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Global Legal Hackathon: USC Law Prof. Challenges Hackers to Tackle ‘Problems Worth Solving’

Thursday, Feb 22, 2018

A USC law professor is challenging hackers participating in the inaugural Global Legal Hackathon to solve some of the biggest legal issues facing people around the world.

Gillian Hadfield, USC Gould School of Law professor of law and economics, launched the “Hadfield Challenges” for those participating in the hackathon taking place in more than 40 cities and 20 countries worldwide from February 23 to 25.

The Global Legal Hackathon will bring together legal thinkers and technology experts to find ways to improve the legal industry.

“When four billion people worldwide remain excluded from access to justice and as many as 90 per cent of Americans


handle legal problems without any professional help, it’s clear the current legal system is failing,” said Hadfield.

“It’s time to open up legal innovation to those at the forefront of cutting edge technologies and harness their potential to solve some of the biggest and overlooked legal challenges.”

Hadfield, whose book Rules for a Flat World calls for wholesale reform of the legal system and for greater innovation in the design of legal services, will be giving the keynote speech at the Global Legal Hackathon in Los Angeles.

The Hadfield Challenges cover 10 commonly faced or problematic global challenges:

1. Reliable ID for All- Can we build third-party systems to provide the millions of migrants worldwide with a verifiable ID?

2. Blockchain Micro-Contracting for the World – Can we develop a global contracting platform to allow small traders in poor and developing countries to reliably participate in global supply chains?

3. Family Law for All - Formal dispute resolution, be it divorce or inheritance, is either too expensive, too difficult, or not available. Can we come up with more reasonable ways to resolve these cases in countries rich and poor?

4. Levelling the Playing Field for Low Wage Workers - Are there rapid low-cost

ways to guarantee big employers live up to their promises and obligations to employees?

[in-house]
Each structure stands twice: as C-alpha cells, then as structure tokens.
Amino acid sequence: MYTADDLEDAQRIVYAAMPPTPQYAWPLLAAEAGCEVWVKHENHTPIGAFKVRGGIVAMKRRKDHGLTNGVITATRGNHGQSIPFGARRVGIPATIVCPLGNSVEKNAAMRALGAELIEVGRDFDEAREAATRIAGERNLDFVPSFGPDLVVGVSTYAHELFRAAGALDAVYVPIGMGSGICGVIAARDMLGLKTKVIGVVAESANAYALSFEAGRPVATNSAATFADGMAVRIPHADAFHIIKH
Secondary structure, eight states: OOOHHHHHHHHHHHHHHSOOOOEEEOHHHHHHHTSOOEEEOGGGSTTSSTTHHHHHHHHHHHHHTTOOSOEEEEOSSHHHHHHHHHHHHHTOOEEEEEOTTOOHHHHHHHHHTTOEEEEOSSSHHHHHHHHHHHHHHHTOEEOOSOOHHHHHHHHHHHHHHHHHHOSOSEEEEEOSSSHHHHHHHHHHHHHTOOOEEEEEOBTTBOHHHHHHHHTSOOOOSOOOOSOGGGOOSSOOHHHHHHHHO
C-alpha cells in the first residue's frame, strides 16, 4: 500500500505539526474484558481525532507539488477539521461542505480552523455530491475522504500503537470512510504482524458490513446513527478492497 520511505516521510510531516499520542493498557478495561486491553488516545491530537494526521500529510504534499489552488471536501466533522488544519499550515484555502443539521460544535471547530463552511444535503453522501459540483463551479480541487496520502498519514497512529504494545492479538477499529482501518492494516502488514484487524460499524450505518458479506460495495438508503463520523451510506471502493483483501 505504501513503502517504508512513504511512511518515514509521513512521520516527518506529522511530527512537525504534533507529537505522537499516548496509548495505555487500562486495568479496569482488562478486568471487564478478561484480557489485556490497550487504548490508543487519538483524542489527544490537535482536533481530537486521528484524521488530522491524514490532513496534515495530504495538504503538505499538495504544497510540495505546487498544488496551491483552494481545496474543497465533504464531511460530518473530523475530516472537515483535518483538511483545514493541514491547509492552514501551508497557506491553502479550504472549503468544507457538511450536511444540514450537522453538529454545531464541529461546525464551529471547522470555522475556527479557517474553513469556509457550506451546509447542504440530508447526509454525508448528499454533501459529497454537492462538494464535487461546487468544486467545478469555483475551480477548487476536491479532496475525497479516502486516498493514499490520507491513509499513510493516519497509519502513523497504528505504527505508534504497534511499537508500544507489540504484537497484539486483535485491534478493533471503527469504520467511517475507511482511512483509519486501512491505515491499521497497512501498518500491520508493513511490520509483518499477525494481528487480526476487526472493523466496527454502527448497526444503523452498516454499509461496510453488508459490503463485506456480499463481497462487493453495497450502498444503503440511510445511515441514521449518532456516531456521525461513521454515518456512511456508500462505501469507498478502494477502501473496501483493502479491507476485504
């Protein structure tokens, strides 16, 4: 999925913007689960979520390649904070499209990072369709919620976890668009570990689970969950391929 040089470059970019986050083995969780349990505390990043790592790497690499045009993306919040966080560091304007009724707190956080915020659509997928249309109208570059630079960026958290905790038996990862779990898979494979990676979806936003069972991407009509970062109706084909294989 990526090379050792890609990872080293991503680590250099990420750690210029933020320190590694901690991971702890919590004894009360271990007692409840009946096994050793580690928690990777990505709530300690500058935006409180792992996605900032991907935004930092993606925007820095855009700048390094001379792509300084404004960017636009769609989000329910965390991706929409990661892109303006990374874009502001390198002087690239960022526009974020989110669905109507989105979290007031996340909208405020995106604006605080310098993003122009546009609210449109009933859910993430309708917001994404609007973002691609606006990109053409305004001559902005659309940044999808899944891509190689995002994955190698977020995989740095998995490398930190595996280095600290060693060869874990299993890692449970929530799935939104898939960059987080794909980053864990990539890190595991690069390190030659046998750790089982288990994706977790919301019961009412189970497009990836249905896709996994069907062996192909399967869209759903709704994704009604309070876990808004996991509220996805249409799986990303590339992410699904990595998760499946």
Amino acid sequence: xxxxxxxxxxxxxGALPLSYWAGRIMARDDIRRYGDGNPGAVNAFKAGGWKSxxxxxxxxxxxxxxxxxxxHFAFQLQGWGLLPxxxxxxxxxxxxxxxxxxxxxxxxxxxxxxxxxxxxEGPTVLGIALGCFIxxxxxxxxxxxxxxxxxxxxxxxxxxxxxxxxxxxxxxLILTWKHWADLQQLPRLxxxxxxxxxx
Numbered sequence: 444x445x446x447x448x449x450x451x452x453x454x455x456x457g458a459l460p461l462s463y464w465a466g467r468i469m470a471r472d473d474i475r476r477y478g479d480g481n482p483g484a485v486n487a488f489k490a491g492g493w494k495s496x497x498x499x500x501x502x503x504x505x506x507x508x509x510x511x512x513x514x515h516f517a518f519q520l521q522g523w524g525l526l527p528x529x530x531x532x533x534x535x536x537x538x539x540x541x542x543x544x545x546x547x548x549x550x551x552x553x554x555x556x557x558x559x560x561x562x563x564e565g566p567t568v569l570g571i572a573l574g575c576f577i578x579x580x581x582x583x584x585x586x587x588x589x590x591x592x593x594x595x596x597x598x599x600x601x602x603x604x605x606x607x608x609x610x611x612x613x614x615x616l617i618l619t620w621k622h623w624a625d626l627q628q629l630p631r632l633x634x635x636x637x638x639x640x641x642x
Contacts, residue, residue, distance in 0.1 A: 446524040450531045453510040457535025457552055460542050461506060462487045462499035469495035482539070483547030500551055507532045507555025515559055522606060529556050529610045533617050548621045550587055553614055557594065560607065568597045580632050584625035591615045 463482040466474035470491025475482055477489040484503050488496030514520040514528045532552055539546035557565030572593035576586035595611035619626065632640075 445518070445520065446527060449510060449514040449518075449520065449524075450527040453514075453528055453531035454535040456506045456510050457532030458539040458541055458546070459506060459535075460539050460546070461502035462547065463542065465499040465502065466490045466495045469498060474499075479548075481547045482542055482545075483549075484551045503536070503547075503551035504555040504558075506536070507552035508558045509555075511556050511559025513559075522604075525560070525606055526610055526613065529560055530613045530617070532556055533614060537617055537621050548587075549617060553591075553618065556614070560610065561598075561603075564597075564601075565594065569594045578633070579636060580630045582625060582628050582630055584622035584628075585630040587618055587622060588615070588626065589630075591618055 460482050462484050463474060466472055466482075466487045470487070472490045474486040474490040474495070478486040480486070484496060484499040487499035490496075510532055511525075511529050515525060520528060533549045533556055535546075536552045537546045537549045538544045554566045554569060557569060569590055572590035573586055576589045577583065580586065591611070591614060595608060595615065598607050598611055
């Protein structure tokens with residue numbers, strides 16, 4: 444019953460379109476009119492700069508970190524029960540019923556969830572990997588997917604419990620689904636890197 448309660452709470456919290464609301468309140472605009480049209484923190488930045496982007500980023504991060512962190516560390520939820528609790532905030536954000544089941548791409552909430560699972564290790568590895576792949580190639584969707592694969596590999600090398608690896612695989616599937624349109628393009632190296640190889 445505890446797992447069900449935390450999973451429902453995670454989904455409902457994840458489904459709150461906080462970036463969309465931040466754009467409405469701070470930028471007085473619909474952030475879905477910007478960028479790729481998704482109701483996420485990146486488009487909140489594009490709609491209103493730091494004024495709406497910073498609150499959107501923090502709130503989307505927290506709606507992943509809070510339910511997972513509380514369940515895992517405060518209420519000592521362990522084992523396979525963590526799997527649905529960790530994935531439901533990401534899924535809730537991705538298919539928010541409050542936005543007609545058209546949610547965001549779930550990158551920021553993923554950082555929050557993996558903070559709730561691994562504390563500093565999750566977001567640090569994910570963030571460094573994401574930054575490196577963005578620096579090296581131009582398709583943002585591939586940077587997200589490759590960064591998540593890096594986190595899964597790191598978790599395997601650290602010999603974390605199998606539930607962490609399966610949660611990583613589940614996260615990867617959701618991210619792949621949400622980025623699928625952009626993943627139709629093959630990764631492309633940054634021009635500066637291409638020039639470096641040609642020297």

5. New Models of Dispute Resolution - Can we develop platforms that offer real and virtual communities a way to build their own rules, backed by the most effective method humans have of ensuring people follow the rules—legitimately denying rule-breakers the benefit of the platform?

6. Tools to Understand Privacy Policies (and what they mean) - It’s great that AI can identify what terms are in a privacy policy, but can we develop tools thathelp people imagine what those terms might mean to them, concretely?

7. New Ways to Measure Law Student Competency - Law graduates are too often “useless and overpaid”- can we come up with ways for law students to prove their worth besides


8. Plain Language Contracting - The average online terms of service, privacypolicy, and consumer contract is written at a college level or beyond. Can a third partycontracting service offer a better solution that both users and businesses would buy?

9. Eliminate Marijuana Felony Records (USA) - In California, only 5000 of the 1,000,000 eligible to eliminate felonyrecord for marijuana have acted. Can we fix that?

10. Arrest Warrant Challenge Application (USA) - A US Department of Justice investigation of Ferguson, Missouri after the Michael Brownshooting found 16,000 arrest warrants in a town with a population of just 21,000—many, easilychallenged errors in tickets, notices, legal process. Why not a phone app that can diagnose basedon a photo and advise steps to take?

“The Hadfield Challenges offer some of the best opportunities to put emerging technologies to good use and we are excited about the potential results from the Global Legal Hackathon,” said David Fisher, CEO of blockchain for law company, Integra, which is one of the organizers of the Global Legal Hackathon.

“Solving these challenges would benefit, and potentially even transform, the lives of hundreds of millions of people around the world. We invite interested participants in this year’s Global Legal Hackathon to embrace these challenges and develop solutions that can change the world.”

Teams with particularly impressive solutions to the Hadfield Challenges will be invited to the global awards ceremony in New York, on April 21. More information about the Global Legal Hackathon is available online at:

Anyone interested in taking on one of Prof. Hadfield’s challenges are encouraged to tweet about it using #HadfieldChallenges and the relevant challenge number





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